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The HSL / Color / B&W Panel in Adobe Photoshop Lightroom 4


  1. HSL / Color / B&W panel

Article Description

Martin Evening shows you how to use the HSL / Color / B&W Panel in Adobe Photoshop Lightroom 4 to control Hue, Saturation, and Luminance over eight color band ranges.

The HSL / Color / B&W panel is an all-in-one panel for making fine-tuned color adjustments and black-and-white conversions. The HSL component (see Figure 4.57) is kind of equivalent to the Hue/Saturation dialog found in Photoshop, except in Lightroom you can apply these types of adjustments to raw photos as well as rendered images. It should be considered a color adjustment tool for those situations where you need to target specific colors in order to fine-tune the color adjustments. Essentially, you have three color adjustment sections (with a Target Adjustment tool mode for each) that allow you to control the Hue, Saturation, and Luminance over eight color band ranges. The Color section of this panel (see Figure 4.58) provides a more simplified version of the HSL controls with button selectors at the top for choosing the desired color band to edit, with Hue, Saturation, and Luminance sliders below. The B&W section is for carrying out monochrome conversions, which I’ll discuss separately in the following chapter.

Figure 4.57 The HSL / Color / Grayscale panel with the HSL mode selected.

Figure 4.58 The HSL / Color / Grayscale panel with the Color mode selected.

The sliders in the Hue section control the hue color balance and these allow you to make subtle (or not so subtle) hue color shifts in each of the eight color band ranges. For example, if you adjust the Green Hue slider, dragging to the right makes the greens more cyan, while dragging to the left makes the greens more yellow. The sliders in the Saturation section control the color saturation. Dragging a slider to the right increases the saturation, while dragging to the left decreases the saturation to the point where if all the Saturation sliders were dragged to the left, you could convert the whole of the image to black and white. The Saturation slider controls apply a nonlinear saturation-type adjustment (similar to what the Vibrance slider does). This means that as you increase the saturation, lower saturated pixel values are increased relative to the already higher saturated pixel values in an image. The sliders in the Luminance section can be used to darken or lighten colors in the selected color ranges, and do so in a way that manages to preserve the hue and saturation. If you click the All button, the panel expands to give you access to all the sliders at once. Also, clicking on the Hue, Saturation, or Luminance buttons after you have clicked to select one of these modes toggles showing the controls for those parameters or showing All sliders.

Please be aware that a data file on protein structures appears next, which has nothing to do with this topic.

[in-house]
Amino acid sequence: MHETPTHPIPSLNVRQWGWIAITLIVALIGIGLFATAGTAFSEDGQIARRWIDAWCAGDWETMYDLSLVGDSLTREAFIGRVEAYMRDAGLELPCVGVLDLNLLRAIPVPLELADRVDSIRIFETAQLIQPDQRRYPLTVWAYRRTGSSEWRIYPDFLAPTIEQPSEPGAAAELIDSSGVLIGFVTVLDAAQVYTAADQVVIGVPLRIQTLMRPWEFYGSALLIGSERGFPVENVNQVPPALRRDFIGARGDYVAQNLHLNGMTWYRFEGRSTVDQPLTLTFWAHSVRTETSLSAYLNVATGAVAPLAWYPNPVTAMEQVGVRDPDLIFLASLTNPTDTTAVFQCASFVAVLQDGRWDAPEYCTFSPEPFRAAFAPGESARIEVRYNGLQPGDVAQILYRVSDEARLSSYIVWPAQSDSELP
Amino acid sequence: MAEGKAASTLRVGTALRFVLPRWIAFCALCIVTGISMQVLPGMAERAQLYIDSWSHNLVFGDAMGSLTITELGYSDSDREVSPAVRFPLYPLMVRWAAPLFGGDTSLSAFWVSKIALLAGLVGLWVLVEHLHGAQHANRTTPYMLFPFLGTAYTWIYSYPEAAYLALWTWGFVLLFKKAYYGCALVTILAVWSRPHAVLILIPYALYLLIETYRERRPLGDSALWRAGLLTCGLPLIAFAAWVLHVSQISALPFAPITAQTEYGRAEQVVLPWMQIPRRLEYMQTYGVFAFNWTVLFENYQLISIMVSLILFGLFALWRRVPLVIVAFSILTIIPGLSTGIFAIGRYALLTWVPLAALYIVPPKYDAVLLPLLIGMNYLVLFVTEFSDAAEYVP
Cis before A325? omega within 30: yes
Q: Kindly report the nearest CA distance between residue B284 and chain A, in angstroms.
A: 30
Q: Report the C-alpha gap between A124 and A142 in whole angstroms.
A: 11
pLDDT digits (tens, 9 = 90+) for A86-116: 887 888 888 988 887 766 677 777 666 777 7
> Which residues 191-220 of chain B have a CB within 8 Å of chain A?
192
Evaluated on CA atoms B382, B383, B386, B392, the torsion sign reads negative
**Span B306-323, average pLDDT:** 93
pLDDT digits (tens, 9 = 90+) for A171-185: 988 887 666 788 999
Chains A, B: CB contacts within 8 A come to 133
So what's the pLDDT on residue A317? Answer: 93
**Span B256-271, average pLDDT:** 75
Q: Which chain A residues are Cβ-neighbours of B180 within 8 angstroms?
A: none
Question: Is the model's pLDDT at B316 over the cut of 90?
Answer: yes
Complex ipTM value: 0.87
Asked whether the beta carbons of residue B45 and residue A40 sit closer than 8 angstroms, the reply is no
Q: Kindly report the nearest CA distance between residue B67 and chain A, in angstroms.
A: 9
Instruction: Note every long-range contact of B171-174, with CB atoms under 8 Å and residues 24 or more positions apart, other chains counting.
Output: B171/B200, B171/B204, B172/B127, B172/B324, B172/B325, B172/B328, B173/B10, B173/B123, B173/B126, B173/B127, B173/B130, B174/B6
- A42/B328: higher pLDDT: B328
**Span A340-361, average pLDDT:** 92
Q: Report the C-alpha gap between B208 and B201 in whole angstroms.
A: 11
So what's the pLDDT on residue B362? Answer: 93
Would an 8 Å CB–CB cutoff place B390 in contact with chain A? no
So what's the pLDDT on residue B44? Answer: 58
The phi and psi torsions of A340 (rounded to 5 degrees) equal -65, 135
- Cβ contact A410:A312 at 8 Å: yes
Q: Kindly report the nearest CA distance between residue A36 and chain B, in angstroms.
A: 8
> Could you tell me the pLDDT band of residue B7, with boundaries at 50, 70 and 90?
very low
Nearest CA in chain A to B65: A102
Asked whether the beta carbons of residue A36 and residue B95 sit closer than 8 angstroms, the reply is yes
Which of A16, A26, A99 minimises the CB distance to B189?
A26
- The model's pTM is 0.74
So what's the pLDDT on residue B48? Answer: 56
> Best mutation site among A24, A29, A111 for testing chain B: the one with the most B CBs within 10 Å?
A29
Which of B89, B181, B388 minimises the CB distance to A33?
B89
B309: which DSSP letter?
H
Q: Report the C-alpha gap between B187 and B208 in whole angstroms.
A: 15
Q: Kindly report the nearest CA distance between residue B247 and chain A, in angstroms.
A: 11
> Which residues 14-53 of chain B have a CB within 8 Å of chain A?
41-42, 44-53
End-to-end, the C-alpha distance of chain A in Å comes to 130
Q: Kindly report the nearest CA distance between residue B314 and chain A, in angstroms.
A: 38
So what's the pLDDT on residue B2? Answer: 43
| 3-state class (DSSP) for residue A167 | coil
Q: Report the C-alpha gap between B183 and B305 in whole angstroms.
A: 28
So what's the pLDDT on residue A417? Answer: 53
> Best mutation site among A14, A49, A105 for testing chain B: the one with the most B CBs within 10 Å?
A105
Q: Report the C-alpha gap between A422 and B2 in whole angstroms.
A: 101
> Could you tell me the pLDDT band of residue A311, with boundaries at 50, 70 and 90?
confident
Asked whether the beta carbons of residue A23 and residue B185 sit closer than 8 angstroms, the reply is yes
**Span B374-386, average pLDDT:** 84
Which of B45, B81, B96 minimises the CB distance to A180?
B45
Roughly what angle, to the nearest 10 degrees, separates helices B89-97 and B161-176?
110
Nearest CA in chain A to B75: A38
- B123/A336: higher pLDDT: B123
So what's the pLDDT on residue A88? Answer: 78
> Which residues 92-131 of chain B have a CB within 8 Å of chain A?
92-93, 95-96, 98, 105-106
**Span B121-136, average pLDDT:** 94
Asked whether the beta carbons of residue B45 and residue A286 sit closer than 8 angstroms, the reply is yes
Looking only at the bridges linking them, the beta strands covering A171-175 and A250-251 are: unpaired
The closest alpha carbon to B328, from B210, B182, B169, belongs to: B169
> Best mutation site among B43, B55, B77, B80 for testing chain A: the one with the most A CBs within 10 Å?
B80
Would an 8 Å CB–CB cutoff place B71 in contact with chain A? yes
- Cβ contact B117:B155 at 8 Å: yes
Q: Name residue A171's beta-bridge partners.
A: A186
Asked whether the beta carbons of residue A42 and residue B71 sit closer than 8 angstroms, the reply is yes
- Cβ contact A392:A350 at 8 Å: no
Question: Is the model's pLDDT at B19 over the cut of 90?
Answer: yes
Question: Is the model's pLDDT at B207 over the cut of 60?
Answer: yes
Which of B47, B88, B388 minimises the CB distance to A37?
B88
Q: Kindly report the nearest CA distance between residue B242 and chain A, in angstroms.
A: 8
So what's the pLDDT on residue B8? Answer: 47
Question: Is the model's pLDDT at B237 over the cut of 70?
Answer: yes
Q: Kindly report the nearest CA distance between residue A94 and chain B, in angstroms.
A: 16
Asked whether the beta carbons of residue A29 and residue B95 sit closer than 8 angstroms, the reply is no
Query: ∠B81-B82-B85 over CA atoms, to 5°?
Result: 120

As with the Tone Curve panel, the HSL controls can be applied using a Target Adjustment mode. Select Hue, Saturation, or Luminance and click the Target Adjustment tool button to activate it. You can then click on an image and drag up or down with the mouse to adjust the colors targeted by the cursor. You can also use the following shortcuts to enable the different HSL Target Adjustment modes: Hue: Image (Mac) or Image (PC); Saturation: Image (Mac) or Image (PC); and Luminance: Image (Mac) or Image (PC). You can turn off the Target Adjustment tool by clicking the Target Adjustment button again, pressing Image, or using the Image (Mac) or Image (PC) shortcut. Also bear in mind the new Target Adjustment tool behavior since Lightroom 3 means that the Target Adjustment tool is deactivated whenever you switch to working in a new panel.

  1. If you shoot a lot of skin tones, you might consider creating a custom camera calibration for such work (see “Camera profiles” on page 260). But if you shoot a mixture of subjects with the same camera profile, you can also use the HSL panel Hue section to compensate for reddish skin tone colors.
  2. In this example, I went to the Hue section and activated the Target Adjustment tool. I then clicked on a skin tone area in the picture and dragged the mouse upward to make the skin tones less red and more yellow.

Selective color darkening

At first glance, the HSL controls in Lightroom appear to work the same as those used in Photoshop’s Hue/Saturation dialog, but if you experiment a little further you will notice some distinct differences. For example, the Lightroom Hue slider adjustments are somewhat tamer than their Photoshop cousins. The Saturation sliders respond more or less the same as they do in Photoshop, but the most marked differences are revealed when working with the Luminance controls. You may have noticed that when you adjust the Lightness slider in the Photoshop Hue/Saturation dialog, the adjusted colors tend to lose their saturation. To selectively darken a color in Photoshop, you generally have to search for a magic combination of Saturation and Lightness in order to achieve the desired result. But the Lightroom sliders really do respond the way you would expect them to and these provide you with complete control over the luminance of any color range, as shown in the accompanying steps.

  1. The challenge here was to simulate the effect of a polarizing lens filter and darken the blue sky without affecting the tonal balance of the other colors. If working in Photoshop, it would have been tricky to find the exact Saturation and Lightness values that would have made the blue sky go darker.
  2. To darken the blue sky colors in Lightroom, I enabled the Target Adjustment mode in the Luminance section of the HSL panel, clicked on an area of blue sky, and dragged downward. As you can see, this mainly reduced the Blue slider luminance and successfully added more contrast between the sky and the clouds. I also adjusted the Yellow slider here to lighten the flowers.